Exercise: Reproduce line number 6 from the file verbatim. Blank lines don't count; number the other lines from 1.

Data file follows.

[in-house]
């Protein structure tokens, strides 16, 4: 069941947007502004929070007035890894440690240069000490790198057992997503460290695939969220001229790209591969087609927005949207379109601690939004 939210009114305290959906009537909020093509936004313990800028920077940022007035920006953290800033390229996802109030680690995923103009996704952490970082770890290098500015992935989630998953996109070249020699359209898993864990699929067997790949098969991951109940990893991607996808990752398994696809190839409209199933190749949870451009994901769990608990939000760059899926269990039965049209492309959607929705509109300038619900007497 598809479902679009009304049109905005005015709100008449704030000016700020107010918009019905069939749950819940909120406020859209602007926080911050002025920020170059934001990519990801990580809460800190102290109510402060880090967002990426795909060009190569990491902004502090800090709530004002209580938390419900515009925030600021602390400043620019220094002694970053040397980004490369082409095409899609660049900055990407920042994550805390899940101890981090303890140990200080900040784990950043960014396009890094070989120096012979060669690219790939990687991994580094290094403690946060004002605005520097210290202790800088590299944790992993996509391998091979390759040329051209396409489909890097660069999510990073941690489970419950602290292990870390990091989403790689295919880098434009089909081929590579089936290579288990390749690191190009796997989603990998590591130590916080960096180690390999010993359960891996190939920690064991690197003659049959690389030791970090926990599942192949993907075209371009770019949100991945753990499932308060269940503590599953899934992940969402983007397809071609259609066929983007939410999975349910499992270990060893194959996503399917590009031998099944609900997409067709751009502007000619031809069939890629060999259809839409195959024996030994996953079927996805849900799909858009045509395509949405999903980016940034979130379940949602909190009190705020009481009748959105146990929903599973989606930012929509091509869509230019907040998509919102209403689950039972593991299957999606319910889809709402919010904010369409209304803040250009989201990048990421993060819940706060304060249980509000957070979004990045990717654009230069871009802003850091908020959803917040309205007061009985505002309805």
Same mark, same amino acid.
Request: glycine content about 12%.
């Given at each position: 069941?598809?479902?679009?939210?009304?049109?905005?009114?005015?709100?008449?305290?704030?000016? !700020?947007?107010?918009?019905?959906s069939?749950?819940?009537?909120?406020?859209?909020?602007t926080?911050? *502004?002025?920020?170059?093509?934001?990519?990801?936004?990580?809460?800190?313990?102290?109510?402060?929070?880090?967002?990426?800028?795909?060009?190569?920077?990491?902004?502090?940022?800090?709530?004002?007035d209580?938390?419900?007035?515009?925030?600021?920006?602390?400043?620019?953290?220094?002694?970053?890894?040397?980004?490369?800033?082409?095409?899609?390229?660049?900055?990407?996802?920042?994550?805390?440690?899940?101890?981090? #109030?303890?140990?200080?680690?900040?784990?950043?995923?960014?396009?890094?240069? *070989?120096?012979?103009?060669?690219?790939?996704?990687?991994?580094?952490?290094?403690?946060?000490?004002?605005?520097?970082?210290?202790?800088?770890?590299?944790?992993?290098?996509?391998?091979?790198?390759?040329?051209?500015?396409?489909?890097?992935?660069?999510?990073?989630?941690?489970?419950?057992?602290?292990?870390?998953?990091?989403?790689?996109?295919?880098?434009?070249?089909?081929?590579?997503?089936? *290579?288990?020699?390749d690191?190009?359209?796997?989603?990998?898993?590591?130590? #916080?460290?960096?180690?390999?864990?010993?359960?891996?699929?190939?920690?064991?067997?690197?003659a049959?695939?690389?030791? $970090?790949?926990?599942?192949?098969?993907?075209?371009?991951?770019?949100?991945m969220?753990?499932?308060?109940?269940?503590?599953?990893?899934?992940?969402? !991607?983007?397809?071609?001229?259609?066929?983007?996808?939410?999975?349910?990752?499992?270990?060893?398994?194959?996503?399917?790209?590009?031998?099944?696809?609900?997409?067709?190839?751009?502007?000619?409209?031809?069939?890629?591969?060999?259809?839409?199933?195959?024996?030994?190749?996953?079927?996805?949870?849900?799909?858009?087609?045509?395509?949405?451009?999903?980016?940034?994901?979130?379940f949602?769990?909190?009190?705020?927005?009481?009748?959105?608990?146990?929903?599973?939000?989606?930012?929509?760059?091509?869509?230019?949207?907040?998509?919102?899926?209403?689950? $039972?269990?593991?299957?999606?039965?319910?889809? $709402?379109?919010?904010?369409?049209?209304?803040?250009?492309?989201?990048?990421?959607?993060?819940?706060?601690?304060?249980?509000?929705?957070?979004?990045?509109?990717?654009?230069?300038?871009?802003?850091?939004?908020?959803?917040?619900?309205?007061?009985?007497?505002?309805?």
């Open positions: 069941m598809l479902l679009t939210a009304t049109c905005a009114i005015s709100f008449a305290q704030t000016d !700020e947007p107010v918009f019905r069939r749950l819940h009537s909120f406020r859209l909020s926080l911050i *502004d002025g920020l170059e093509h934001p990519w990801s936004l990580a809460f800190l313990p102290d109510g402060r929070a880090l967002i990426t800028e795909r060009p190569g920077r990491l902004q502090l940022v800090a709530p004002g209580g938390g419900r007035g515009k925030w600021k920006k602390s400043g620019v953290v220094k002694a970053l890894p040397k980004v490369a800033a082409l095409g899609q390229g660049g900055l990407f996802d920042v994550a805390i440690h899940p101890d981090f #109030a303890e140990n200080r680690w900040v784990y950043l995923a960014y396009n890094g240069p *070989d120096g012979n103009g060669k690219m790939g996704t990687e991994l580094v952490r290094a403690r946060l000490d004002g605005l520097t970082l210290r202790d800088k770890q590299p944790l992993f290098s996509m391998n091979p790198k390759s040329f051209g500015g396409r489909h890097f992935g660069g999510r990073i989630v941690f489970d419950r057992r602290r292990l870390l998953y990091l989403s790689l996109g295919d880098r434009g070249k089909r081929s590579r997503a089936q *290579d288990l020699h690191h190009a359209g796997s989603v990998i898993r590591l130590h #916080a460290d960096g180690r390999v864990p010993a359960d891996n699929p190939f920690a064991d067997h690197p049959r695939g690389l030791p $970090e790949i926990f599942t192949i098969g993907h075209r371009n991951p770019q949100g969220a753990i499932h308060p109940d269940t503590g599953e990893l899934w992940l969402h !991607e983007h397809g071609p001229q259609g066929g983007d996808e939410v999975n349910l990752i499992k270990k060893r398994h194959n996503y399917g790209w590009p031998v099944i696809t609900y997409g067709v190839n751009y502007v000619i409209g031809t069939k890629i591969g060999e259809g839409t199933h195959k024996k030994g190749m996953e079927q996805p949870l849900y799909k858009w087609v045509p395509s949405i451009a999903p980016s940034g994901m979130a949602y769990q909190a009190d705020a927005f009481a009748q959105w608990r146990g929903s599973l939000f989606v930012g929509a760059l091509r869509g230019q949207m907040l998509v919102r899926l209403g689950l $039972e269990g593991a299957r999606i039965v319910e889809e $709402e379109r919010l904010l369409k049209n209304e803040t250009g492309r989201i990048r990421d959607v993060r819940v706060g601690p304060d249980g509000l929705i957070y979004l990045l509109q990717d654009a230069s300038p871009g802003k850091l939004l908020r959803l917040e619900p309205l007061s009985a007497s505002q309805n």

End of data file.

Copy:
């Open positions: 069941m598809l479902l679009t939210a009304t049109c905005a009114i005015s709100f008449a305290q704030t000016d !700020e947007p107010v918009f019905r069939r749950l819940h009537s909120f406020r859209l909020s926080l911050i *502004d002025g920020l170059e093509h934001p990519w990801s936004l990580a809460f800190l313990p102290d109510g402060r929070a880090l967002i990426t800028e795909r060009p190569g920077r990491l902004q502090l940022v800090a709530p004002g209580g938390g419900r007035g515009k925030w600021k920006k602390s400043g620019v953290v220094k002694a970053l890894p040397k980004v490369a800033a082409l095409g899609q390229g660049g900055l990407f996802d920042v994550a805390i440690h899940p101890d981090f #109030a303890e140990n200080r680690w900040v784990y950043l995923a960014y396009n890094g240069p *070989d120096g012979n103009g060669k690219m790939g996704t990687e991994l580094v952490r290094a403690r946060l000490d004002g605005l520097t970082l210290r202790d800088k770890q590299p944790l992993f290098s996509m391998n091979p790198k390759s040329f051209g500015g396409r489909h890097f992935g660069g999510r990073i989630v941690f489970d419950r057992r602290r292990l870390l998953y990091l989403s790689l996109g295919d880098r434009g070249k089909r081929s590579r997503a089936q *290579d288990l020699h690191h190009a359209g796997s989603v990998i898993r590591l130590h #916080a460290d960096g180690r390999v864990p010993a359960d891996n699929p190939f920690a064991d067997h690197p049959r695939g690389l030791p $970090e790949i926990f599942t192949i098969g993907h075209r371009n991951p770019q949100g969220a753990i499932h308060p109940d269940t503590g599953e990893l899934w992940l969402h !991607e983007h397809g071609p001229q259609g066929g983007d996808e939410v999975n349910l990752i499992k270990k060893r398994h194959n996503y399917g790209w590009p031998v099944i696809t609900y997409g067709v190839n751009y502007v000619i409209g031809t069939k890629i591969g060999e259809g839409t199933h195959k024996k030994g190749m996953e079927q996805p949870l849900y799909k858009w087609v045509p395509s949405i451009a999903p980016s940034g994901m979130a949602y769990q909190a009190d705020a927005f009481a009748q959105w608990r146990g929903s599973l939000f989606v930012g929509a760059l091509r869509g230019q949207m907040l998509v919102r899926l209403g689950l $039972e269990g593991a299957r999606i039965v319910e889809e $709402e379109r919010l904010l369409k049209n209304e803040t250009g492309r989201i990048r990421d959607v993060r819940v706060g601690p304060d249980g509000l929705i957070y979004l990045l509109q990717d654009a230069s300038p871009g802003k850091l939004l908020r959803l917040e619900p309205l007061s009985a007497s505002q309805n």